Speaking of which — I would call the special effects primitive but inventive. Don’t forget, “Battle of the Worlds” predates “Star Trek,” “2001” and “Star Wars.” Still, these FX are no worse than some of the forgettable low-budget “Star Wars” ripoffs that flooded movie screens in the late 1970s.
The aforementioned “Zoom meeting” has Benson, again wearing a suit for the occasion, addressing all of Earth’s leaders, seen on various video screens, simultaneously.
Climate change is represented by stock footage of fierce storms with a single shot inserted of drenched cast members in raincoats. (While warning of the Outsider’s wrath, Benson actually utters the phrase “changes in climate.”)
As for the disinformation campaign: There’s a scene in which military leader General Varreck (Carlo D’Angelo) calls Benson a “charlatan” due to his prediction that the errant planet will miss Earth by 95,000 miles. Even so, Varreck publicly endorses the professor’s theory in order to assuage a panicky public. Observes Benson: “It’s not difficult to tell the truth, but it’s impossible to be believed.”
It all sounds like something out of the Trump era, not to mention the COVID era. And yet, this movie came out six decades earlier.
Another cast standout is singer-composer Carol Danell as the stylish, enigmatic Mrs. Collins, who is generally regarded as the office psychic. (She refers to herself as “sensitive.”) Mrs. Collins also makes terrific coffee. But were she and Fred intimate at an earlier point? She appears to get, shall we say, familiar with him in a scene or two. It is Mrs. Collins who puts it in Fred’s head that Eve cares more about her boss than her fiance, causing a rift between the young lovers.
See also Bill Carter and Jacqueline Derval as Bob and Cathy Cole, who supply second-tier love interest as another “office couple.” (Bob was once Fred’s commander, which figures in the plot.)
Prolific Aussie actor John Stacy is perfectly cast as Benson’s preferred target for humiliation, the skittish and proper Dr. Cornfield.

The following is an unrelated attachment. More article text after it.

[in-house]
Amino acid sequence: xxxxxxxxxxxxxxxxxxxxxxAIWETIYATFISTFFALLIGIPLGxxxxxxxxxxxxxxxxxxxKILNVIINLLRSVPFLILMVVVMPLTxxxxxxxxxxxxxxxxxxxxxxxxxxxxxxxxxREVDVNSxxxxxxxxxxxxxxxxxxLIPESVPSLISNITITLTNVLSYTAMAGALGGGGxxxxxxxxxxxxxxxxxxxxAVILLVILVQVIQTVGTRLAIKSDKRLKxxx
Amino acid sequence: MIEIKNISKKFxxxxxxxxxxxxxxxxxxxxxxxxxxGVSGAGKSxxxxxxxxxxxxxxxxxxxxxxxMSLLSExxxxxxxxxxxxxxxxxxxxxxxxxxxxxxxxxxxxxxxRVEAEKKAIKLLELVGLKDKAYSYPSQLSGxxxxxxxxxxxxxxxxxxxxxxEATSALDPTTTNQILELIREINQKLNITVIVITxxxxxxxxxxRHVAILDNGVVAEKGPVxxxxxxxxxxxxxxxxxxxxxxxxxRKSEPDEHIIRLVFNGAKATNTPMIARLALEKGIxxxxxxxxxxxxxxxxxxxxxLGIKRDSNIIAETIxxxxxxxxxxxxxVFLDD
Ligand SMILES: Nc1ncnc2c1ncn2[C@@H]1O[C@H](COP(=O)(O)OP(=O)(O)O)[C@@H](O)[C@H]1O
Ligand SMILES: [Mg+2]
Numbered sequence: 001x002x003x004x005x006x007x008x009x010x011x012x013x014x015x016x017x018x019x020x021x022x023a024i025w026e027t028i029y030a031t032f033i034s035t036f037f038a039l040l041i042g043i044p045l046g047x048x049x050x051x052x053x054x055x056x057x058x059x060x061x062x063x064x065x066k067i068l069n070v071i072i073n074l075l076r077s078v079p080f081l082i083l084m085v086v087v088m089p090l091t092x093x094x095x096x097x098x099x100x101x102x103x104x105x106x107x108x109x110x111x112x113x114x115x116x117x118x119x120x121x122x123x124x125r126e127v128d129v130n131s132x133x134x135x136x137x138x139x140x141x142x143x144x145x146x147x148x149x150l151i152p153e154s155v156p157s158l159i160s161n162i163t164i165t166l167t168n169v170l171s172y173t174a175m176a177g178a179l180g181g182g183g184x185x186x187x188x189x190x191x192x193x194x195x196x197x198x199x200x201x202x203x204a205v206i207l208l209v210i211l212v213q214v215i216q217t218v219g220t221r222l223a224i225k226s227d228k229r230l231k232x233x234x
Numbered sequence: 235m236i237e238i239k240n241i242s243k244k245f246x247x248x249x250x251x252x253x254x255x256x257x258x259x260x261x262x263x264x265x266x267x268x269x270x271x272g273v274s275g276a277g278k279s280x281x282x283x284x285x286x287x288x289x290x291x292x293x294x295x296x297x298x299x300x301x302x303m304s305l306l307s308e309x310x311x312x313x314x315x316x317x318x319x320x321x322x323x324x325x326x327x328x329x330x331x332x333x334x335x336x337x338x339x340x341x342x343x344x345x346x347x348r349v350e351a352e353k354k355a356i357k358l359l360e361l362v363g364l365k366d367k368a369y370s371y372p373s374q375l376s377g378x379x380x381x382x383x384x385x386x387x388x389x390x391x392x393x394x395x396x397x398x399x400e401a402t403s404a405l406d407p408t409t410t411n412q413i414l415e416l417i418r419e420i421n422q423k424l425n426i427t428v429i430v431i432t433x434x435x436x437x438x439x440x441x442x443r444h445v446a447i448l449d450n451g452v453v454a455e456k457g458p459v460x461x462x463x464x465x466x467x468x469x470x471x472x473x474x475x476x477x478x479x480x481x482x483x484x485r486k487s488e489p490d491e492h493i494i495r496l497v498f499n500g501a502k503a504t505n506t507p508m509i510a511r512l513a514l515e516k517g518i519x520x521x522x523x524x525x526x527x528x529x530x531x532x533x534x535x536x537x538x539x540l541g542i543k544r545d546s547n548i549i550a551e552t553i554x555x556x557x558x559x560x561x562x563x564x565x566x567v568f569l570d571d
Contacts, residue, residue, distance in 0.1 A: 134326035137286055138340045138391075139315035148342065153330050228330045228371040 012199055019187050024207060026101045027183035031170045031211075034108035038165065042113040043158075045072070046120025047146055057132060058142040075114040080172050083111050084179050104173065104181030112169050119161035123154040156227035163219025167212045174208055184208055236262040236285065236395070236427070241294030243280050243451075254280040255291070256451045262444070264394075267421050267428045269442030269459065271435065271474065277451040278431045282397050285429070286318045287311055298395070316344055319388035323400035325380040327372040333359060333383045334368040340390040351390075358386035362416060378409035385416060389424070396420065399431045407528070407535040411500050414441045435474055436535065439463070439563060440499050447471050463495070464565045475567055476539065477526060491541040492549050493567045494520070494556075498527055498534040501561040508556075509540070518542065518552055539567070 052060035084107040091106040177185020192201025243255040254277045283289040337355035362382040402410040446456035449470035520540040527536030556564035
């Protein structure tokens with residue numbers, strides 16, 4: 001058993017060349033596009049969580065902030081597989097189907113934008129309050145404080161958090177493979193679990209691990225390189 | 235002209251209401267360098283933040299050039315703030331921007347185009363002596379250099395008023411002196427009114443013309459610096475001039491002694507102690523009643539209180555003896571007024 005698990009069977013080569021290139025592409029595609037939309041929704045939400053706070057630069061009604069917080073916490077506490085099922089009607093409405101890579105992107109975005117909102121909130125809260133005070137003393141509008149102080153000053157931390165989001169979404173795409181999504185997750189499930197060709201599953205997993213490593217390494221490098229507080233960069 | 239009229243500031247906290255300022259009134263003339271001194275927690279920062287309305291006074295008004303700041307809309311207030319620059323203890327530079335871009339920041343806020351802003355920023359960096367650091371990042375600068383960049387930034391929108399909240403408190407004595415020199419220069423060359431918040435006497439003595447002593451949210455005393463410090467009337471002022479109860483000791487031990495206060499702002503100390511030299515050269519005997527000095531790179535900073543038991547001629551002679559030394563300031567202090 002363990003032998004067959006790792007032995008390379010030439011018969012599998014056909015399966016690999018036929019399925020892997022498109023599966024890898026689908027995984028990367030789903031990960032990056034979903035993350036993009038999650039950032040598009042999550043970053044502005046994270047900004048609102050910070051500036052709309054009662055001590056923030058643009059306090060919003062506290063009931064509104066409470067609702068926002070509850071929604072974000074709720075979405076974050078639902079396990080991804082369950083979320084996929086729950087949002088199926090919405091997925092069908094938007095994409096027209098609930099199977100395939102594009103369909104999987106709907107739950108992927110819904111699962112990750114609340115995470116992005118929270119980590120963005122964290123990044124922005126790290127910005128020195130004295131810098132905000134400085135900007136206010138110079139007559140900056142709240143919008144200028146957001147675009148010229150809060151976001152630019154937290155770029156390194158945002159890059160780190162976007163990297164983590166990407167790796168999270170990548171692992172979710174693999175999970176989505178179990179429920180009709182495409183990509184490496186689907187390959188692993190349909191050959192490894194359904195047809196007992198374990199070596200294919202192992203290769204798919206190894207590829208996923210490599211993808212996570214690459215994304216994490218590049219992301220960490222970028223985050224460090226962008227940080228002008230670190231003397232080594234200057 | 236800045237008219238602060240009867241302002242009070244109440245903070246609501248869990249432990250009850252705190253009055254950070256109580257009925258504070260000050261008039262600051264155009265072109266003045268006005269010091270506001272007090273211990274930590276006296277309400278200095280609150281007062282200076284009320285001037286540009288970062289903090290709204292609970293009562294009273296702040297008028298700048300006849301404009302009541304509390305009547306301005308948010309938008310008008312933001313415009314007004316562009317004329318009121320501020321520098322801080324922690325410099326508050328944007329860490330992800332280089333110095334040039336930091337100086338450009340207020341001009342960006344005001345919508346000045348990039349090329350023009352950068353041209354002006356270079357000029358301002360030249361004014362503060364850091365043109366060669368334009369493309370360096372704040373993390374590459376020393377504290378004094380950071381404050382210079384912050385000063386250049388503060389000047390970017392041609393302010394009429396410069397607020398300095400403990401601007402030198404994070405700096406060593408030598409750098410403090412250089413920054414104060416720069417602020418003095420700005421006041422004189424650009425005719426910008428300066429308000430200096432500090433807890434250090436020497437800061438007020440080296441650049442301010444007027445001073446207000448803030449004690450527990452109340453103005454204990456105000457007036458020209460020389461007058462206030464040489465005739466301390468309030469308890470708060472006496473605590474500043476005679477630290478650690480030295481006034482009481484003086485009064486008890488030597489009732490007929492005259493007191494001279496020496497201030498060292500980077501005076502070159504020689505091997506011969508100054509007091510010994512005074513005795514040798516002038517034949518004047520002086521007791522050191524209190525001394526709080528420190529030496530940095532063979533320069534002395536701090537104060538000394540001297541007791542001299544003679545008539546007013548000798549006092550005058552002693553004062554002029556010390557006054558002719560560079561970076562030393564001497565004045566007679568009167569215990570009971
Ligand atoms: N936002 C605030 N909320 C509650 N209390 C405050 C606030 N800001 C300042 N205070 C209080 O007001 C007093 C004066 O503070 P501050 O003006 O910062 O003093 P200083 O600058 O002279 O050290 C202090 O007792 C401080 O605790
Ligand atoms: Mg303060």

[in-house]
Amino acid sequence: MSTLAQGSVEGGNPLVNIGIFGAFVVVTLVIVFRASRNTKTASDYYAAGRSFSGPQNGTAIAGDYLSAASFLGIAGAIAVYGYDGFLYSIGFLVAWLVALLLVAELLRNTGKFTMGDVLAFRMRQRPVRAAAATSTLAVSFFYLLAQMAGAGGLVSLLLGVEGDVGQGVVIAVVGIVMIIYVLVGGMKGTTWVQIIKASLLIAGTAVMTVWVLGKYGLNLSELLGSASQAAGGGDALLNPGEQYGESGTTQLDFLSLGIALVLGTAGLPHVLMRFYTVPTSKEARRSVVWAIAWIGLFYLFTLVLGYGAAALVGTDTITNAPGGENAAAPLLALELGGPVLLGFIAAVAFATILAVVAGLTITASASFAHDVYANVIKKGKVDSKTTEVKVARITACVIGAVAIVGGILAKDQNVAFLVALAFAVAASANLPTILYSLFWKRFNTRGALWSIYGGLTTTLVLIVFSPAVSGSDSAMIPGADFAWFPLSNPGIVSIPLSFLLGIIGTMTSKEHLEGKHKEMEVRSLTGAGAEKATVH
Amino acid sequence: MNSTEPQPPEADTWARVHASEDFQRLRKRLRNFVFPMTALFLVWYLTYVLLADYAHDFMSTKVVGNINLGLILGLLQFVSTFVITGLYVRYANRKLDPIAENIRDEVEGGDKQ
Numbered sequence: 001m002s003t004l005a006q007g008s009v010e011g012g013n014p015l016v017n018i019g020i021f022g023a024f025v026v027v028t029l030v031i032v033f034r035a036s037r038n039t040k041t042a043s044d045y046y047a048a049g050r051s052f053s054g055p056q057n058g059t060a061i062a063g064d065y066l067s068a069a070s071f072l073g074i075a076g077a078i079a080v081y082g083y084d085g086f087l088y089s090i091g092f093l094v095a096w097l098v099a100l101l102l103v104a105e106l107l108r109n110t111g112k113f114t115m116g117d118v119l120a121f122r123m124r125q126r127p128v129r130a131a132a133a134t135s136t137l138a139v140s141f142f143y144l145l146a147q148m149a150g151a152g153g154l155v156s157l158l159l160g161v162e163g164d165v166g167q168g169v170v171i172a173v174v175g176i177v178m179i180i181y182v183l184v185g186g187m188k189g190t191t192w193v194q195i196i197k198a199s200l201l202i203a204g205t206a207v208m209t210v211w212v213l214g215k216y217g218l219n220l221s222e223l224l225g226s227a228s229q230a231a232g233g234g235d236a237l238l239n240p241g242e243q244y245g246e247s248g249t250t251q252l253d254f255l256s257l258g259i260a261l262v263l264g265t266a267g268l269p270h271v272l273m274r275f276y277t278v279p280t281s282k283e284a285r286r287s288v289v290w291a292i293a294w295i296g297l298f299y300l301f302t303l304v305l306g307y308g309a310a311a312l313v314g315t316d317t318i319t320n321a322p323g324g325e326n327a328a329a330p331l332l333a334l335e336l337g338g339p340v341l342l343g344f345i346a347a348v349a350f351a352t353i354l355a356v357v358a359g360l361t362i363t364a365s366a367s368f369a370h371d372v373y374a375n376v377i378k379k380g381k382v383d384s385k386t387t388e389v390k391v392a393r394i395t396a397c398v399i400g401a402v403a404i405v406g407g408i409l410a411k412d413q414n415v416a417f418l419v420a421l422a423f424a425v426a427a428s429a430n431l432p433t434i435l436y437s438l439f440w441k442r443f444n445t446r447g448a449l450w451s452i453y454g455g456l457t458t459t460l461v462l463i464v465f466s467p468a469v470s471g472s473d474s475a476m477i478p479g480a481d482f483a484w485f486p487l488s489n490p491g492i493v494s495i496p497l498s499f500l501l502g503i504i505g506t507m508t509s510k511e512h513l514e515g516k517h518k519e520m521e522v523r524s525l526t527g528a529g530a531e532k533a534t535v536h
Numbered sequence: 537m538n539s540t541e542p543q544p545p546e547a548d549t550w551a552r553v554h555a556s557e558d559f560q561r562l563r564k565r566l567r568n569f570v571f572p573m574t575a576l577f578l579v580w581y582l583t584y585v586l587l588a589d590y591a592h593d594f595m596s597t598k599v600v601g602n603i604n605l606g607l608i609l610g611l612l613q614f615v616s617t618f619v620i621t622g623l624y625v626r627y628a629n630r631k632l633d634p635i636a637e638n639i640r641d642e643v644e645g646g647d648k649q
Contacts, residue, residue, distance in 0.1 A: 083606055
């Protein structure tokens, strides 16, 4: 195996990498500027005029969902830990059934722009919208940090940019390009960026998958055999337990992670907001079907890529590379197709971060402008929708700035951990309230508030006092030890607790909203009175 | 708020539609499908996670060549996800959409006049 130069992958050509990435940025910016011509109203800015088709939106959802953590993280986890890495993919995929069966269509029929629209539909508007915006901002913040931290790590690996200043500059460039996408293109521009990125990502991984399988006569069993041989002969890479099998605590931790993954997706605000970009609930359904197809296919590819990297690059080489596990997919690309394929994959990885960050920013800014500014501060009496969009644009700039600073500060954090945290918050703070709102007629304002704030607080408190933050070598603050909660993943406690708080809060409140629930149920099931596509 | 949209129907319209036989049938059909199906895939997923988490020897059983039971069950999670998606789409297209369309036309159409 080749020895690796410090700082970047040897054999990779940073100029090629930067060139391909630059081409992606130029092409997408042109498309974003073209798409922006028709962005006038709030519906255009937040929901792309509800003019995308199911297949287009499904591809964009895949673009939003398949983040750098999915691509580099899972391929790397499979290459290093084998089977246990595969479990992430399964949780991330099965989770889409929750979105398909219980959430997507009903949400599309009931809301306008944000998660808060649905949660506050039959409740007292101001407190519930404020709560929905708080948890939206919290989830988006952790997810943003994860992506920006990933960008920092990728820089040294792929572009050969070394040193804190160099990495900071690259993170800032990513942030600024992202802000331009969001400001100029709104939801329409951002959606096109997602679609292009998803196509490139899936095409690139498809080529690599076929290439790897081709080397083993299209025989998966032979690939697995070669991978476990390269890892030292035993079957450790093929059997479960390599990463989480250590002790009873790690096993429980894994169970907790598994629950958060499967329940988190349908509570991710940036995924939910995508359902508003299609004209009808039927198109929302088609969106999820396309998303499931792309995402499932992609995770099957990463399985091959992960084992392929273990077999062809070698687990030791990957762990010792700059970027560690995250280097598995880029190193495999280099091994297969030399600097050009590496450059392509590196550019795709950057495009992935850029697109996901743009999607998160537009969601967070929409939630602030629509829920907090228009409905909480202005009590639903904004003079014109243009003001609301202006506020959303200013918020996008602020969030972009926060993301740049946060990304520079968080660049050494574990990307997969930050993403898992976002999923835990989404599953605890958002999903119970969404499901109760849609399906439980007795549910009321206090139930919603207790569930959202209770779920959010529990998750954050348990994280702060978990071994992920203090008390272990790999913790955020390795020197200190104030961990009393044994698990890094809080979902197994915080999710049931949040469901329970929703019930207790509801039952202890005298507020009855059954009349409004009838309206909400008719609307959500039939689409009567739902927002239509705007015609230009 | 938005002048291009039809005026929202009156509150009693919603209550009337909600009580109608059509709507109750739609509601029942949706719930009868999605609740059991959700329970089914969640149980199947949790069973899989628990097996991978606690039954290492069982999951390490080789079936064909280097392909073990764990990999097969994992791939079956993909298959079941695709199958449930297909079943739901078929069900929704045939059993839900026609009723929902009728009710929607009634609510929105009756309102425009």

For the climax, Rains actually dons a spacesuit, and goes where few septuagenarians ever have. Did this feel a bit ridiculous for a man of Rains’ stature? Me, I think he just saw it in the script, had a little laugh, and then went with it.
For Benson, we learn, it’s more important to know than to live. If the Outsider — with all of its tantalizing information just waiting to be discovered — had never entered the Earth’s orbit, Benson probably would have died peacefully in his hammock, with Gideon by his side.
Extras include a booklet with Don Stradley‘s essay “Margheriti’s World”; commentary by Justin Humphreys; and a short film in which Tim Lucas — onetime Video Watchdog editor and an expert on Italian genre cinema — outlines the genesis of “Battle of the Worlds.”
I first saw “Battle of the Worlds” when I was a grade-school kid one Sunday afternoon on, I think it was, Channel 29. Ever since, I’ve carried the hazy memory of Rains talking to that roomful of world leaders on the TV screens. I remember thinking he looked quite old and quite short. (Those gigundo Michael Caine specs didn’t help matters.)
Seeing the sequence again for the first time all these years later, it is better than I remember. I can’t resist sharing one more Benson-ism. The professor refers to this technology as “these stupid visual screens that permit us to talk to the bigwigs in politics.” Bam! Classic Benson.
In watching Rains take his last lap, you can’t help but flash back to Capt. Renault in “Casablanca,” to Prince John in “The Adventures of Robin Hood,” to Mr. Skeffington, the Invisible Man, the Phantom of the Opera, Larry Talbot’s dad.
It’s the very same guy, going down swinging in an Italian sci-fi flick. Rains could have sat home. Instead, he hopped a plane and got into the sandbox with some young, beautiful people.
‘BATTLE OF THE WORLDS’
Claude Rains as Professor Benson; Umberto Orsini as Fred Steele; Maya Brent as Eve; Carol Danell as Mrs. Collins; and John Stacy as Dr. Cornfield
Written by Ennio De Concini | Music by Mario Migliardi
Cinematography by Marcello Masciocchi
Directed by Antonio Margheriti (billed as Anthony Dawson)
[Topaz Film Corporation]
This clip from The Film Detective demonstrates the restoration.